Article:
As an aside, and as a Catholic, let me say, wherever you witness the zealotry of professional Catholics in respect of indigenous issues, invariably you find indigenous interests subordinated to their personal notions of justice and equity: because unlike the rest of us, they enjoy some kind of divine guidance. And so it was with the Wik amendments.

The amendments were titled ”Confirmation of past extinguishment of native title”. But it was never clear that all freehold grants and leasehold grants permanently extinguished native title. Mick Dodson said at the time: ”By purporting to ‘confirm’ extinguishment by inconsistent grants, the Commonwealth is purposely pre-empting the development of the common law – not allowing sufficient time to integrate the belated recognition of native title into Australia’s land management system. This does not require the obliteration of indigenous interests so as to favour non-indigenous interests.” Quite so.

The Howard government’s 1998 amendments cut across the spirit of the Keating government’s 1993 act; the notion that the legislation was, first and foremost, of a beneficial kind – enacted to redress historic inequities, rather than to compound ones sanctioned by earlier acts.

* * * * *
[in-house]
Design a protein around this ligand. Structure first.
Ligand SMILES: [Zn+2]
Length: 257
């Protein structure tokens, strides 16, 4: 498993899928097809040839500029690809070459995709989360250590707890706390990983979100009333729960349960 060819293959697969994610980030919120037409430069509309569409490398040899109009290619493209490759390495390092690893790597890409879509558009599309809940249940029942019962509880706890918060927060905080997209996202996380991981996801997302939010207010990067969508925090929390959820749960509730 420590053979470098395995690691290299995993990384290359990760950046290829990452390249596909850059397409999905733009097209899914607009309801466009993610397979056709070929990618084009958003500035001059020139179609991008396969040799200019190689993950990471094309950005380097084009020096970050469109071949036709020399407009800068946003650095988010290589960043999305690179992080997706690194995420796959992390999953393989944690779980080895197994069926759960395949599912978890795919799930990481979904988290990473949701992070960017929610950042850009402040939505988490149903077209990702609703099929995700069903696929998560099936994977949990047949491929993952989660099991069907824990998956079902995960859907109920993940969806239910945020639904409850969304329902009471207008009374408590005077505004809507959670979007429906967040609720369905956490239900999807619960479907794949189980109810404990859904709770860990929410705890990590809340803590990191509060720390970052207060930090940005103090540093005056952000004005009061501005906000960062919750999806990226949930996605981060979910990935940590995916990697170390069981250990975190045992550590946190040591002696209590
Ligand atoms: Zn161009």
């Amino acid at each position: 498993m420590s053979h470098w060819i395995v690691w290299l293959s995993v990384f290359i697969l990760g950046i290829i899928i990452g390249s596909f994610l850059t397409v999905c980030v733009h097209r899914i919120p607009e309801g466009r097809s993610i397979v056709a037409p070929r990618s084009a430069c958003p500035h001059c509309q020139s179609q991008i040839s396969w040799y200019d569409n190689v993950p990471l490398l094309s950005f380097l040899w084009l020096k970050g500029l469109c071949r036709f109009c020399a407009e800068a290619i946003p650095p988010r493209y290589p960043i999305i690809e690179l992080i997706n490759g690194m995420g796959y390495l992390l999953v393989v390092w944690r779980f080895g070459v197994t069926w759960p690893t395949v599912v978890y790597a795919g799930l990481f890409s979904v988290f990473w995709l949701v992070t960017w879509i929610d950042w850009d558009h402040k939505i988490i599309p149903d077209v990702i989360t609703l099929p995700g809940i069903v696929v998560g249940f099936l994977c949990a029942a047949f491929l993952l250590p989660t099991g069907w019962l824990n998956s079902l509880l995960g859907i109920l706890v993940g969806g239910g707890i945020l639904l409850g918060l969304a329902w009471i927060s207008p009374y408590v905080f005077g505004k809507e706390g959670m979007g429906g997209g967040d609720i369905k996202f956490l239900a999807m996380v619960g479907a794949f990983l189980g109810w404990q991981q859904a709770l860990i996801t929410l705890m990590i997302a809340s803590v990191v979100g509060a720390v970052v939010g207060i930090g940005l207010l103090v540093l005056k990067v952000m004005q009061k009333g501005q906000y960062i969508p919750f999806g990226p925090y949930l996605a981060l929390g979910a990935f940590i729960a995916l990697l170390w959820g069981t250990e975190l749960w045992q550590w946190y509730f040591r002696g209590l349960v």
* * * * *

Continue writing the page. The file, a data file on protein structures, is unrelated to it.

Paul Keating was prime minister from 1991 to 1996. This is an edited extract from the Lowitja O’Donoghue Oration delivered at the University of Adelaide yesterday.

 

The demise of terra nullius through Native Title

The High Court opened up a very large can of worms when it determined (in the Mabo case in 1992) that the Torres Strait Islanders (TSI) and, by implication, the Aborigines, had native title rights under common law. This did not help to contribute land to an Aboriginal or TSI nation. A native title right refers simply to a residual right to share in the use of land, but only in a customary way. Under the High Court’s later determination (in the Wik case in 1996), the rights of the Aboriginal community are subordinate to that of the lessee.